Leg UP: Prevent Amputation Aims to Reduce the 100,000 Annual Amputations from Diabetes and Vascular Disease in U.S.

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Leg UP Gives People with Diabetes and Vascular Disease Three Questions to Ask Their Doctor; Up to 55% of People Who Have First Amputation Will Require Second One Within 2‐3 Years

Gangrene on the foot of a patient with diabetes via Medical News Today

Up to 55% of people will require a second amputation in two to three years.

Dr. Hardeep S. Ahluwalia, Bay Area vascular surgeon and founder of California Vein and Vascular Centers, launches Leg UP: Prevent Amputation, a disease awareness program for people who have severe foot wounds that won’t heal, placing them at a high risk for toe, foot and leg amputation.

The Leg UP program is helping empower people to ask the right three questions early in the process when it is still possible to prevent a toe, foot or leg amputation. “Nearly half of the individuals who have an amputation due to vascular disease will die within five years,” said Hardeep S. Ahluwalia, MD. “This is higher than the five-year mortality rates for breast cancer, colon cancer, and prostate cancer. It doesn’t have to be this way. We want to give people the information to speak with their doctors and consider all their medical options.”

People who have been told they need an amputation should ask their doctors the three PAD questions:

1) Have you taken Pictures of the inside of my veins and arteries? If the answer is no, ask for imaging tests to give the doctor a better idea of what’s happening inside your veins and arteries. If the doctor won’t offer this, find another vascular surgeon to speak with.

2) Can I avoid amputation by having Another procedure? There are two procedures that could restore blood flow – an endovascular treatment or bypass surgery. If the doctor doesn’t perform these or says the procedures won’t help, get a second opinion.

3) How do I know if you’re the right Doctor for me? The doctor performing the procedure should be a board-certified vascular surgeon or interventional cardiologist with fellowship training in the treatment of peripheral artery disease.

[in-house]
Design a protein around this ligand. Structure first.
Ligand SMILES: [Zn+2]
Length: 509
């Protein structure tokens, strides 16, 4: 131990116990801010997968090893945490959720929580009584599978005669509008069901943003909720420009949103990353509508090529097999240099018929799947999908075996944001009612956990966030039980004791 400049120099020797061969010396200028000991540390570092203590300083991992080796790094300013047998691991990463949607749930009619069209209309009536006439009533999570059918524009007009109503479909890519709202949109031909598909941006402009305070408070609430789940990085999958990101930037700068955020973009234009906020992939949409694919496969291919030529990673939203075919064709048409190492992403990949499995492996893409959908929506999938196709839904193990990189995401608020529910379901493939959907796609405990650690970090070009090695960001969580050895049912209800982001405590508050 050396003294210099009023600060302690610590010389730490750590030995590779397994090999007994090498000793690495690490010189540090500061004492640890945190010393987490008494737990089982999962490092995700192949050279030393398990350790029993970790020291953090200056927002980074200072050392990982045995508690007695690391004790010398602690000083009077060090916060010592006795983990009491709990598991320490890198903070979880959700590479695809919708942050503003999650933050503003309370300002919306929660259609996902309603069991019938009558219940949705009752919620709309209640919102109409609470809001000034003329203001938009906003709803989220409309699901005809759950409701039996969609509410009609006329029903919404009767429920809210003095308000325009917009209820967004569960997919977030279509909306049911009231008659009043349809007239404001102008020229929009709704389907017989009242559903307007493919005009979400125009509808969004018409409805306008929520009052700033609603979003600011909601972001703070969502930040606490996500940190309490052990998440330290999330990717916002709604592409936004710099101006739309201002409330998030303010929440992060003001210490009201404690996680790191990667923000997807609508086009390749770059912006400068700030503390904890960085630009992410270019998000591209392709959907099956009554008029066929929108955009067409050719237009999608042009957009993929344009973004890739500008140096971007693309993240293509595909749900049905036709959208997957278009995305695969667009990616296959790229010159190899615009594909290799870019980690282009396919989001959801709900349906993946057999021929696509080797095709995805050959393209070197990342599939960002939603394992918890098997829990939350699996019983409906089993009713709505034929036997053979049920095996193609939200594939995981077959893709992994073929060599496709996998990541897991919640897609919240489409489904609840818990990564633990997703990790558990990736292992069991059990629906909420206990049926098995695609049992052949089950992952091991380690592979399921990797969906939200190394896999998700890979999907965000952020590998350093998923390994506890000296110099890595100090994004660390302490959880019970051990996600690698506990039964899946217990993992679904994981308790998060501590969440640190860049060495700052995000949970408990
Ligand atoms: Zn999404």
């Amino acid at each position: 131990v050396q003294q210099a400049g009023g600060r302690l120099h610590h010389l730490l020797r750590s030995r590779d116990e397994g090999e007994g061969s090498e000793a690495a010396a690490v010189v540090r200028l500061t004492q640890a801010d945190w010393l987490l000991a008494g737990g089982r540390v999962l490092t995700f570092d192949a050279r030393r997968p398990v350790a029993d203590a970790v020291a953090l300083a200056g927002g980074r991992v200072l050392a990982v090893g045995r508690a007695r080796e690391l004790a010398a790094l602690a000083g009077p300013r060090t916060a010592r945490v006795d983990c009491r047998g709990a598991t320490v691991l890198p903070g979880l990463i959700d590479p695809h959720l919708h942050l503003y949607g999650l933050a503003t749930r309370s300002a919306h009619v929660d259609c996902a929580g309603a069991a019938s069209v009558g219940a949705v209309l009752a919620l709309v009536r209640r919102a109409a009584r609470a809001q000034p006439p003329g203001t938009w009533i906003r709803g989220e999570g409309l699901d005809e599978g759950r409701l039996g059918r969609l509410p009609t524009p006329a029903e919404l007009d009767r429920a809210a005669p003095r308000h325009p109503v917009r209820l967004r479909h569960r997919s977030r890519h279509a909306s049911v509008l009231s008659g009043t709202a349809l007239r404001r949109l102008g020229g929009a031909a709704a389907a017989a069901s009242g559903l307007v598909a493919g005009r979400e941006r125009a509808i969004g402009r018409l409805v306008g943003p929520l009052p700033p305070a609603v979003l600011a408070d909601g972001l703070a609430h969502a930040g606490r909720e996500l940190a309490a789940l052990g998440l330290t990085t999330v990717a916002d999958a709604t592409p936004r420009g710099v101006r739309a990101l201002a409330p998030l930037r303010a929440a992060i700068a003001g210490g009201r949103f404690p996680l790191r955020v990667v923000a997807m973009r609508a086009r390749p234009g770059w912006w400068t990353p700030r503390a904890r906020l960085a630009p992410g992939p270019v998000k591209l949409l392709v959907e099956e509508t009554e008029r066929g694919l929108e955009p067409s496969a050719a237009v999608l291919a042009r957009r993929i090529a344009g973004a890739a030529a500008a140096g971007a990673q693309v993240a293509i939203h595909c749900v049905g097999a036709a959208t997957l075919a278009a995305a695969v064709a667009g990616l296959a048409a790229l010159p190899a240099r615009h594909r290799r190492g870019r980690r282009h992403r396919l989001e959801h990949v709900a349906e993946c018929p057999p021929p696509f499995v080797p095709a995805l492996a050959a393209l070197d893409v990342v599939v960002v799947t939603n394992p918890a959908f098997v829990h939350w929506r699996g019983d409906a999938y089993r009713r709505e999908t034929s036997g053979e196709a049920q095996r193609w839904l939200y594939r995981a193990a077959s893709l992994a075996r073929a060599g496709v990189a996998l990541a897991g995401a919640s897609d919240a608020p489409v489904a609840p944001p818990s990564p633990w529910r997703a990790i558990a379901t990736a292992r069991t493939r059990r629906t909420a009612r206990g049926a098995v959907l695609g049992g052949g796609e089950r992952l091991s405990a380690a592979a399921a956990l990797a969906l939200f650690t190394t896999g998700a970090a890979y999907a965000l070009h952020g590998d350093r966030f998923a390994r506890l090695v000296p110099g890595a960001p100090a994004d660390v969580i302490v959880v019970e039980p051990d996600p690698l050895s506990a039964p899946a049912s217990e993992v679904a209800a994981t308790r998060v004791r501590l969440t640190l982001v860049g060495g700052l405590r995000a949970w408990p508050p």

The Leg UP: Prevent Amputation campaign offers a Web site with additional resources including a downloadable patient’s guide for doctor appointments. Visit http://cvvcenters.com/leg-up/ or follow them on Facebook (@LegUPNow), Twitter (@LegUPNow) and Instagram (@LegUPNow).

ABOUT VASCULAR DISEASE
A type of vascular disease that can affect people who have diabetes and/or smoke is peripheral arterial disease. PAD is a disease in which plaque builds up in the arteries that carry blood to your head, organs and limbs. When plaque builds up in the body’s arteries, the condition is called atherosclerosis. Plaque is made up of fat, cholesterol, calcium, fibrous tissue and other substances in the blood. Over time, plaque can harden and narrow the arteries. This limits the flow of oxygen-rich blood to your organs and other parts of your body. This condition may affect the arteries in the legs, as well those that carry blood from your heart to your head, arms, kidneys and stomach. When the condition worsens, it can progress to critical limb ischemia, a serious condition where blood does not reach the legs and feet and can cause ulcers and gangrene, leading to amputation.

ABOUT LEG UP: PREVENT AMPUTATION
Leg UP began in 2016 when Dr. Hardeep S. Ahluwalia, founder of the California Vein and Vascular Centers recognized that smokers and people with diabetic foot ulcers were little informed about the alternatives to amputation. Dr. Ahluwalia aims to eventually reach people with diabetes in and outside of the United States through social media, community events and partnerships with advocacy, professional and business organizations.

ABOUT DR. HARDEEP AHLUWALIA
Hardeep S. Ahluwalia, MD, FACS Dr. Ahluwalia is fellowship trained in vascular and endovascular surgery from Duke University and underwent additional fellowship training in the treatment of peripheral vascular disease at El Camino Hospital in Mountain View, CA. Dr. Ahluwalia is a Board Certified Vascular Surgeon whose specialties include, but are not limited to: vascular and endovascular surgery, peripheral artery disease (PAD), thoracic and abdominal aneurysm disease, carotid disease, deep venous thrombosis (DVT), varicose veins and venous disease.

Statistics via the Amputee Coalition

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